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Einsteinian Wisdom: Expanding Space between Non-Expanding Galaxies

August 28 2017 at 9:21 AM
Pentcho Valev 

 
The expanding universe (Big Bang) theory is one of the silliest concepts in the history of science:

Sabine Hossenfelder: "The solution of general relativity that describes the expanding universe is a solution on average; it is good only on very large distances. But the solutions that describe galaxies are different - and just don't expand. It's not that galaxies expand unnoticeably, they just don't. The full solution, then, is both stitched together: Expanding space between non-expanding galaxies." http://backreaction.blogspot.bg/2017/08/you-dont-expand-just-because-universe.html

In the discussion "Ambi Valent" is trying to draw the attention to the idiotic implications of "Expanding space between non-expanding galaxies" but Sabine Hossenfelder, a brave but desperately silly Einsteinian, is unable to understand anything:

Ambi Valent: "Could you explain which circumstance decides whether there is or isn't expansion? Spacetime wouldn't know whether it's inside or outside a galaxy. There are a lot of situations: first, two stars in the same galaxy. Then, the second star is in a globular cluster in the halo. Then it's in a dwarf galaxy orbiting the first galaxy. Then in another galaxy in the same cluster. Then in a galaxy in the neighboring cluster within the same supercluster. I think Laniakea is accelerated to a common center, but will never meet there since the expansion is already stronger. So, what decides whether there can be expansion?"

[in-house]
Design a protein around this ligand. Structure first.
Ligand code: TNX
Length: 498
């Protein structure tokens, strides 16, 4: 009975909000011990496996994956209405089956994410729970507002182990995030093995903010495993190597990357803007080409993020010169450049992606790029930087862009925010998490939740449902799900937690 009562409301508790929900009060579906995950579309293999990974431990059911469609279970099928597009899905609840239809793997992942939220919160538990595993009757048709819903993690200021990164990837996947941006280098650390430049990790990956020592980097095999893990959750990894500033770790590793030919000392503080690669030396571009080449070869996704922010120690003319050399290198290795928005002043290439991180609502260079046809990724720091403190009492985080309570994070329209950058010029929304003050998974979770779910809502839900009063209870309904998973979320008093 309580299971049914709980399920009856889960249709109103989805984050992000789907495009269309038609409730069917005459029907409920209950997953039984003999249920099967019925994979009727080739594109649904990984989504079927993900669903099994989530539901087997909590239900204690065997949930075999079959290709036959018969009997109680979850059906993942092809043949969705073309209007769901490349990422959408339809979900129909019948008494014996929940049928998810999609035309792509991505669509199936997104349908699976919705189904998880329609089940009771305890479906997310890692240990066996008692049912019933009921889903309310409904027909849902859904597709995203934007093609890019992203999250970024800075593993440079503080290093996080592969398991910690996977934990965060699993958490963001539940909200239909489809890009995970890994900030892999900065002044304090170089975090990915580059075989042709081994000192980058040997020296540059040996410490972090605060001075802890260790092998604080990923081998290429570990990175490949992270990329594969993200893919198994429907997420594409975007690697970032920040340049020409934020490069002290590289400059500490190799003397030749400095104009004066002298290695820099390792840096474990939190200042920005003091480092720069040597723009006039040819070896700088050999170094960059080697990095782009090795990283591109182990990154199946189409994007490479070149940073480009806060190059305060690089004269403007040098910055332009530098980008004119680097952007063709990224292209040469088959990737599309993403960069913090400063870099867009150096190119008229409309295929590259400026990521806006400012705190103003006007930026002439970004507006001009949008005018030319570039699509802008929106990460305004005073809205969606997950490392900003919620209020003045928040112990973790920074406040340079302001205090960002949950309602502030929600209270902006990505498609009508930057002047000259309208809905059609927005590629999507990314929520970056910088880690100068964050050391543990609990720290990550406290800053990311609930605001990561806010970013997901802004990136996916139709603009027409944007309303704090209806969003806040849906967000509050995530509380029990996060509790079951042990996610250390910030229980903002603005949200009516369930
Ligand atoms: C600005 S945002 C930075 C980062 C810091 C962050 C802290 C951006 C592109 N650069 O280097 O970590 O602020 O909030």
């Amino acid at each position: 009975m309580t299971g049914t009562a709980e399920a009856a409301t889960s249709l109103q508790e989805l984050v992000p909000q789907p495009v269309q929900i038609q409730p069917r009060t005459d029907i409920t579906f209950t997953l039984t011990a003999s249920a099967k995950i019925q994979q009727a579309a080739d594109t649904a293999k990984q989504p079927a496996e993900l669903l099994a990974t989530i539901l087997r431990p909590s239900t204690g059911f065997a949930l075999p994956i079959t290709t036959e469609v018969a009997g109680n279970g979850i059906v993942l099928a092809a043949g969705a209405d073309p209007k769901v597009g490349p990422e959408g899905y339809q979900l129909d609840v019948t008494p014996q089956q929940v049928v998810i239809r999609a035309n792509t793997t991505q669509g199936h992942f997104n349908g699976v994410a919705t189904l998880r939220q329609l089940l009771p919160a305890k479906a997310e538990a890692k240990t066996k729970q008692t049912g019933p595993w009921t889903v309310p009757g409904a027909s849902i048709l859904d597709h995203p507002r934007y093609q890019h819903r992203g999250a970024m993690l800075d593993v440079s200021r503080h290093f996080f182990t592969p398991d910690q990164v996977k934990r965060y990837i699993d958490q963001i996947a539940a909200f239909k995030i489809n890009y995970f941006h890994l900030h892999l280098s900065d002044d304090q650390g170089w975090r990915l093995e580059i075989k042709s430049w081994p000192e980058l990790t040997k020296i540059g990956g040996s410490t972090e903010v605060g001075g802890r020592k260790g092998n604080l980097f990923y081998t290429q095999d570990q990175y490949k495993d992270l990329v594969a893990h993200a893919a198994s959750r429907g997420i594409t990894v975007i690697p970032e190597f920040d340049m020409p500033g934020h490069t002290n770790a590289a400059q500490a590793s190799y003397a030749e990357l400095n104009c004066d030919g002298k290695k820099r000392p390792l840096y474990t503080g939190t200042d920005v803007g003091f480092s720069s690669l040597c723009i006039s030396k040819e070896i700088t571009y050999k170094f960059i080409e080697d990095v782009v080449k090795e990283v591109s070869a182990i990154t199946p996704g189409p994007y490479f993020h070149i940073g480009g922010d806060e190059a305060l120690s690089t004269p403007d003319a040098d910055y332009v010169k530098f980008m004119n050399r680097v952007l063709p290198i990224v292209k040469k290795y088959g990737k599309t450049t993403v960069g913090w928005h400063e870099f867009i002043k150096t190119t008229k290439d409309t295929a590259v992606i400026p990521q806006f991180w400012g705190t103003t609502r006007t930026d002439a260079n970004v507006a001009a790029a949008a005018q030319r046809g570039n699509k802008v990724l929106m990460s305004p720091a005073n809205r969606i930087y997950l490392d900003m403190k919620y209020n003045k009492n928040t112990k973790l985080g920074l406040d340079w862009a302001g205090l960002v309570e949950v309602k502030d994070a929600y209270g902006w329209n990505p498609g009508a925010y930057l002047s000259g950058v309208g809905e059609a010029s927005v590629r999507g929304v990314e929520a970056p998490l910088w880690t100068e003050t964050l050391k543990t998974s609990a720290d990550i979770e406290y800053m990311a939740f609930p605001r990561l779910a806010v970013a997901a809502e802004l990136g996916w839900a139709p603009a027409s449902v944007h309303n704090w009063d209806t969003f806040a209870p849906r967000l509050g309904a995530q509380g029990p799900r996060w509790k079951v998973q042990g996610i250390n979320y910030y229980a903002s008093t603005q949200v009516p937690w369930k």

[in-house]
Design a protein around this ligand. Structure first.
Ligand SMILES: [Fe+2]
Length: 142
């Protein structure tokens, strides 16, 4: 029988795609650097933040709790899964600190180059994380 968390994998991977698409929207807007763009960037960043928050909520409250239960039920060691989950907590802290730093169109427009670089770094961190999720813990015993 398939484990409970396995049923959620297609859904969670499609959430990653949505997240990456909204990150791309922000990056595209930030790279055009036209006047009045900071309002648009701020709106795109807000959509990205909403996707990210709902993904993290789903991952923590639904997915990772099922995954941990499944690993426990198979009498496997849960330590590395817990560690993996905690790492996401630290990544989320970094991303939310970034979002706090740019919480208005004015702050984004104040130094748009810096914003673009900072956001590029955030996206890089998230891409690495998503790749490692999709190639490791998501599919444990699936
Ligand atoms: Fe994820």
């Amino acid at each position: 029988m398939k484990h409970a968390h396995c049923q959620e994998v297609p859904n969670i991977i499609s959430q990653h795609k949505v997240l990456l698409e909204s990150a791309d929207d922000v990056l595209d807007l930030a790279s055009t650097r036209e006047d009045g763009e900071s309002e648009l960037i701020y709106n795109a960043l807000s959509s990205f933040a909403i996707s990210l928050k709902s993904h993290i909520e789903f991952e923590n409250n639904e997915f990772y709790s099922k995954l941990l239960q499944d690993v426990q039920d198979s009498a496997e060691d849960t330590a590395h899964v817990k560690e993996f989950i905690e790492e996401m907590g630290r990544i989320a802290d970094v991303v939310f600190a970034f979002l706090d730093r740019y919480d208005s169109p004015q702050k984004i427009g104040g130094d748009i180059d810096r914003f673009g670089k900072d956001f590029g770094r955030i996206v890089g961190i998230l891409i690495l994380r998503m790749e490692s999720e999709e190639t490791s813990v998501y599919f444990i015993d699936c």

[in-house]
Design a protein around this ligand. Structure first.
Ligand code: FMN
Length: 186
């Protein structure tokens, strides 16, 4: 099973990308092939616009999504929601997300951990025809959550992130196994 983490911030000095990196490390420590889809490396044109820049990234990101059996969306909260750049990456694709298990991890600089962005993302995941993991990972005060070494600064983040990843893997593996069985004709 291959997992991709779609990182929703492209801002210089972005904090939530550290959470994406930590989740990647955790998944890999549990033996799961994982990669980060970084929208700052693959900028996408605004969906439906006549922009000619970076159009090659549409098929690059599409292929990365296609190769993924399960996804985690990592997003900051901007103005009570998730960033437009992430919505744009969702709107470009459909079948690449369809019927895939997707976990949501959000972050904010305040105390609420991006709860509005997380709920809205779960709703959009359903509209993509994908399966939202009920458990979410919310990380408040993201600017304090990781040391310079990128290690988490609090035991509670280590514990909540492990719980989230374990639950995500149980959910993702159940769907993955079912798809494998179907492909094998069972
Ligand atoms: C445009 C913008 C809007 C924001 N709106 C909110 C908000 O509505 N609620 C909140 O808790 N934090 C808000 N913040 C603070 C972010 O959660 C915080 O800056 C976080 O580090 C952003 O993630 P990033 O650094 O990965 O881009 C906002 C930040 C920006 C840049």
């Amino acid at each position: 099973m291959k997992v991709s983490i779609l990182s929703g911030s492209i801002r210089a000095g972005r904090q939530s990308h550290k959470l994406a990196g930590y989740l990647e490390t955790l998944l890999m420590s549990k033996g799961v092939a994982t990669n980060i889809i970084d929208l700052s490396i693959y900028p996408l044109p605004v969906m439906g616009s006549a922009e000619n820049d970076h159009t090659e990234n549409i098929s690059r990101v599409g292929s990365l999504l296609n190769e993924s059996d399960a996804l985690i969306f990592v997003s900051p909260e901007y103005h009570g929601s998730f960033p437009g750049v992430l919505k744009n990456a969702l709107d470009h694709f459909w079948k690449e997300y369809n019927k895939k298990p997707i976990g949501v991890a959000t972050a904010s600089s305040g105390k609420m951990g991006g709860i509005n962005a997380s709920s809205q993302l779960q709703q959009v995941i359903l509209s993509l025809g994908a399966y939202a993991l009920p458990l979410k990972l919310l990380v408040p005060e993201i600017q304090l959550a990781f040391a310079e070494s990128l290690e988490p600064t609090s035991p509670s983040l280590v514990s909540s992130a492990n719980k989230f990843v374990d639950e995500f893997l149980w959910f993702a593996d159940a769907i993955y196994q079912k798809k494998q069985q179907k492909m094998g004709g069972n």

Sabine Hossenfelder: "Ambi Valent, I did explain it. It expands if the average matter density is so small that the gravitational self-attraction becomes smaller than the outward pull from the expansion. That's a rough estimate. To be precise you'd have to do a numerical calculation with the exact matter distribution of some region of space-time and there's no general statement that can be made. But since galaxies are stable, we know they're gravitationally bound and don't expand. It's somewhere beyond the scale of galaxy clusters that expansion takes over."